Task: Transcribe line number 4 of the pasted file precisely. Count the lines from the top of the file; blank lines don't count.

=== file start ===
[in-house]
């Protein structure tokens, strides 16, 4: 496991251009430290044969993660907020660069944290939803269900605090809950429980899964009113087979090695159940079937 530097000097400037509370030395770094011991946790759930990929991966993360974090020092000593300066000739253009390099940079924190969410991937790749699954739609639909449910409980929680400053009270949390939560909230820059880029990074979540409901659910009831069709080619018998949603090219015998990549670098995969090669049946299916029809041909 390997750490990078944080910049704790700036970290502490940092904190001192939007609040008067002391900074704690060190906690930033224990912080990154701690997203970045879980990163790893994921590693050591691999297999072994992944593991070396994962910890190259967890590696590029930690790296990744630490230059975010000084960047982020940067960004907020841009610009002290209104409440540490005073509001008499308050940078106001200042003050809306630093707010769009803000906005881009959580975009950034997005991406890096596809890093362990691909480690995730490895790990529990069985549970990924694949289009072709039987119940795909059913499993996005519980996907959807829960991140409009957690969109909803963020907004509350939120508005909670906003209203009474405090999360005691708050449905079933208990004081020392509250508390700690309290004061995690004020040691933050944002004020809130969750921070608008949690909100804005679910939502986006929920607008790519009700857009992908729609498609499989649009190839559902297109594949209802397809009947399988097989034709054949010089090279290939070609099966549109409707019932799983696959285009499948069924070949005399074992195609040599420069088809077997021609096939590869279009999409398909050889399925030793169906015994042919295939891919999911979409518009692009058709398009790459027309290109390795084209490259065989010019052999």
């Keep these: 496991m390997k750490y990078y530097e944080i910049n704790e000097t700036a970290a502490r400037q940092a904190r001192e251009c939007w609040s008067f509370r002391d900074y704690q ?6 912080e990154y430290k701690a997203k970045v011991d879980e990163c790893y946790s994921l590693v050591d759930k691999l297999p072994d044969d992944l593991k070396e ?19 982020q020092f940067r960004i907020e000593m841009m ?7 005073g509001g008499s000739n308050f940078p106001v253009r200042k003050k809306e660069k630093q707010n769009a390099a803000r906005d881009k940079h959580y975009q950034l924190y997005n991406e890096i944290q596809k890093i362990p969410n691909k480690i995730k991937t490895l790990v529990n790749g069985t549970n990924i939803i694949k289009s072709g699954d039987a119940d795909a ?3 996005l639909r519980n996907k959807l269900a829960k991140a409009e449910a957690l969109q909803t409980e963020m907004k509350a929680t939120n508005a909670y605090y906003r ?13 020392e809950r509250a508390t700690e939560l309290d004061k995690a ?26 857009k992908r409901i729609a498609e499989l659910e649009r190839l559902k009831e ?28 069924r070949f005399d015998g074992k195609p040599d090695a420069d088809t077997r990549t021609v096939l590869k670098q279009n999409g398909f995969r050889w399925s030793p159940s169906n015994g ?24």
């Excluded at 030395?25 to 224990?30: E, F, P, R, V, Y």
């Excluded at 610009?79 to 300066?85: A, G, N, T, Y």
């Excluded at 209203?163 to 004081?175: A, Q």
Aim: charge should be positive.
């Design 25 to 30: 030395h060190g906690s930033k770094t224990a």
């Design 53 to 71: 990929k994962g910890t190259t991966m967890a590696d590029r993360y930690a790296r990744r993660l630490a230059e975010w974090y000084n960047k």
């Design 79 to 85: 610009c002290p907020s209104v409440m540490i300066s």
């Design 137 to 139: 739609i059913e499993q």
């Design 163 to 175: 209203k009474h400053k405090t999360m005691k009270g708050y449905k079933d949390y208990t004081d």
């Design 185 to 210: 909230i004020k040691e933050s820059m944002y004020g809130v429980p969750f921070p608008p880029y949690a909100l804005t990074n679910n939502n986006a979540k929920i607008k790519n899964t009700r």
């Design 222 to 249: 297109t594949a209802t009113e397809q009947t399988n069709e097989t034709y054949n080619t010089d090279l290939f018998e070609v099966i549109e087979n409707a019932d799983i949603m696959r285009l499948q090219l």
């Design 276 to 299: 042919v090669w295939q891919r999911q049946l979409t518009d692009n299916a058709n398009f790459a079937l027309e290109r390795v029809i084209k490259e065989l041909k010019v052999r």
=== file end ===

């Excluded at 030395?25 to 224990?30: E, F, P, R, V, Y």